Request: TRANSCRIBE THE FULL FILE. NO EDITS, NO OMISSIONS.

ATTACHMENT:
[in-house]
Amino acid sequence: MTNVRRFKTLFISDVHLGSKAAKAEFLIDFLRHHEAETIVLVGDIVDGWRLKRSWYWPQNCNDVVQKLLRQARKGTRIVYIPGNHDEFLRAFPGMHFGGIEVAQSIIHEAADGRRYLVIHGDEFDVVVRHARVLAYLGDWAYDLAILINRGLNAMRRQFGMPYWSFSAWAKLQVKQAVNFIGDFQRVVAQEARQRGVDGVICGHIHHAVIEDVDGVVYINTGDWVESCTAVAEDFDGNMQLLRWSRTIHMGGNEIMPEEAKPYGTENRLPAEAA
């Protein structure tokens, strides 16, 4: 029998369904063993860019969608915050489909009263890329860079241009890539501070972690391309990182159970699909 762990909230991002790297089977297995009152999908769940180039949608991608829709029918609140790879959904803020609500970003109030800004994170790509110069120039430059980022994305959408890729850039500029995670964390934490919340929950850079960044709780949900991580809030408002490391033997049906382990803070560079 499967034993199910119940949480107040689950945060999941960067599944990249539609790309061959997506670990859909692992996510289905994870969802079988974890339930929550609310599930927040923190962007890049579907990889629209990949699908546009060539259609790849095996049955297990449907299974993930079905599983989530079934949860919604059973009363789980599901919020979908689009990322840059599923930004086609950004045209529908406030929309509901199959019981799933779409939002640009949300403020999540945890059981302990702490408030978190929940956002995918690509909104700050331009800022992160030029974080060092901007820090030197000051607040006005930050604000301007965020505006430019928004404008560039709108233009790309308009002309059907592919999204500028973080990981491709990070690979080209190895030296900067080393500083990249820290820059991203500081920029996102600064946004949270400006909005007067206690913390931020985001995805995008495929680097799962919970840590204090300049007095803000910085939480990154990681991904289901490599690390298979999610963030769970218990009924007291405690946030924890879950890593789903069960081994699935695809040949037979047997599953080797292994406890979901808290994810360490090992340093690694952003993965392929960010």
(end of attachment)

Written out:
[in-house]
Amino acid sequence: MTNVRRFKTLFISDVHLGSKAAKAEFLIDFLRHHEAETIVLVGDIVDGWRLKRSWYWPQNCNDVVQKLLRQARKGTRIVYIPGNHDEFLRAFPGMHFGGIEVAQSIIHEAADGRRYLVIHGDEFDVVVRHARVLAYLGDWAYDLAILINRGLNAMRRQFGMPYWSFSAWAKLQVKQAVNFIGDFQRVVAQEARQRGVDGVICGHIHHAVIEDVDGVVYINTGDWVESCTAVAEDFDGNMQLLRWSRTIHMGGNEIMPEEAKPYGTENRLPAEAA
């Protein structure tokens, strides 16, 4: 029998369904063993860019969608915050489909009263890329860079241009890539501070972690391309990182159970699909 762990909230991002790297089977297995009152999908769940180039949608991608829709029918609140790879959904803020609500970003109030800004994170790509110069120039430059980022994305959408890729850039500029995670964390934490919340929950850079960044709780949900991580809030408002490391033997049906382990803070560079 499967034993199910119940949480107040689950945060999941960067599944990249539609790309061959997506670990859909692992996510289905994870969802079988974890339930929550609310599930927040923190962007890049579907990889629209990949699908546009060539259609790849095996049955297990449907299974993930079905599983989530079934949860919604059973009363789980599901919020979908689009990322840059599923930004086609950004045209529908406030929309509901199959019981799933779409939002640009949300403020999540945890059981302990702490408030978190929940956002995918690509909104700050331009800022992160030029974080060092901007820090030197000051607040006005930050604000301007965020505006430019928004404008560039709108233009790309308009002309059907592919999204500028973080990981491709990070690979080209190895030296900067080393500083990249820290820059991203500081920029996102600064946004949270400006909005007067206690913390931020985001995805995008495929680097799962919970840590204090300049007095803000910085939480990154990681991904289901490599690390298979999610963030769970218990009924007291405690946030924890879950890593789903069960081994699935695809040949037979047997599953080797292994406890979901808290994810360490090992340093690694952003993965392929960010």